People, processes and events had a profound influence on the life of our ancestors and shaped the world we live in today. Reaching out to these historical events and striving for understanding, helps us to shape events to come. It enables us to create a better future for all mankind, where human misery is lowered to non-existence and everyone can live their dreams – something they have only been able to dream about so far. Our past is our future: that's why I'm a History student at Ghent University.

In this future, technology will unmistakably play a major role. Technology provides us with the instruments to better our lives in ways we couldn't conceive of in the past. 50 years from now, cancer research will have lead to a cure for all those in pain of the disease itself or the effects it has on the ones close to them. Automatisation of industrial processes will be freeing a whole generation of the burden of the Industrial Revolution and all the factory work it brought us. Education will become accessible to all those in dire need of literacy to improve their life standards.

Social advancement and benefits for all of the world's citizens is something we must strive for, today and every day. It is not the work of the future generation, but of all generations. Through my commitment as students' representative on a national and local level in Flanders and in (youth) politics, I'm trying do my fair share of the major work outlined above.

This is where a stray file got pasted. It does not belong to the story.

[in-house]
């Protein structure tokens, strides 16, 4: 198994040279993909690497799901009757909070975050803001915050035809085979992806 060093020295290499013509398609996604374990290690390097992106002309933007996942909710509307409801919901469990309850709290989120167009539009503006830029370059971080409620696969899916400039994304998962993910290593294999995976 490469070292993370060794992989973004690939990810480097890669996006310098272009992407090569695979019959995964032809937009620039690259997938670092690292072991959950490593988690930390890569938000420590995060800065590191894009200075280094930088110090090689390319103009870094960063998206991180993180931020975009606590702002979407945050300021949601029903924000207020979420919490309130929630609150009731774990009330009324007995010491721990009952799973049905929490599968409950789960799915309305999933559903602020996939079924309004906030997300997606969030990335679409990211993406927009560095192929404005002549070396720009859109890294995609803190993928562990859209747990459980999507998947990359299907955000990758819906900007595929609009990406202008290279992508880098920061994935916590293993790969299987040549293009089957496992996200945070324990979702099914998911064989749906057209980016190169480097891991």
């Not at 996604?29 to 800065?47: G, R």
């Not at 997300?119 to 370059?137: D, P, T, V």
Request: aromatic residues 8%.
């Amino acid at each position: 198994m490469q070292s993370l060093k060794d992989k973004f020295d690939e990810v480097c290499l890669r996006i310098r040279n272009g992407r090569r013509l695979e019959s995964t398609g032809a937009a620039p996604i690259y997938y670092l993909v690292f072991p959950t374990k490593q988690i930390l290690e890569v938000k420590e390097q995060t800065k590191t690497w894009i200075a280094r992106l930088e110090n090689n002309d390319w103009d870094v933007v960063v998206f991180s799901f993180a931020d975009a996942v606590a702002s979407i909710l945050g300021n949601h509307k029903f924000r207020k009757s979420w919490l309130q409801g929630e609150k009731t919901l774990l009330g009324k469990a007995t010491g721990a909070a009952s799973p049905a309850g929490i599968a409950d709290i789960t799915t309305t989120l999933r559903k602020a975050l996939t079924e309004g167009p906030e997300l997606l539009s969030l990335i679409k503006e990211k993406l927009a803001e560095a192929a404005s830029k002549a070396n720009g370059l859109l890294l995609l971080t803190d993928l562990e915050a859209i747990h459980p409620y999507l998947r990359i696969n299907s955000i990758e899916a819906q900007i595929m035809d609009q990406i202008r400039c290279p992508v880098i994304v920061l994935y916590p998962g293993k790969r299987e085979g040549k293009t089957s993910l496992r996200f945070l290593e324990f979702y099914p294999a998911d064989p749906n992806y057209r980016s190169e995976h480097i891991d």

50 years from now, entertainment and design will no doubt have been revolutionised several times. The changes of the past 50 years have already been overwhelming, how could we expect less of the future? We got television, portable everything, the "calculatory abilities" of billions combined in small machines, thousands of different models of chairs, visits to other stellar objects of enormous magnitude and the observance of the smallest objects conceivable. We even got The Internet, lifeline for a whole generation craving for information and social interaction. Our society is however pointed towards short-lived entertainment and design: objects aren't built to last and sources of entertainment are as interchangeable as fashion trendss. Our challenge is creating a durable future in which the digitised world is more firmly attached to the real world, Arduino and similar projects have some part to play in this.

50 years from now imagine what we can achieve tomorrow with the current rate of development and technological advancement – let alone in 50 years.

TedxBrussels gives a forum to those envisioning a future with a prominent role for Technology, Entertainment and Design. That's why I'm happy to be a part of the bloggers' team of this years' edition entitled "A Day in the Deep Future: 50 years from now".  I will be blogging here on about the speakers of this years' conference and what I expect from their presentations on the 22nd of November. TedxBrussels will be a battle of great minds and we musn't go unprepared.

Sander Van der Maelen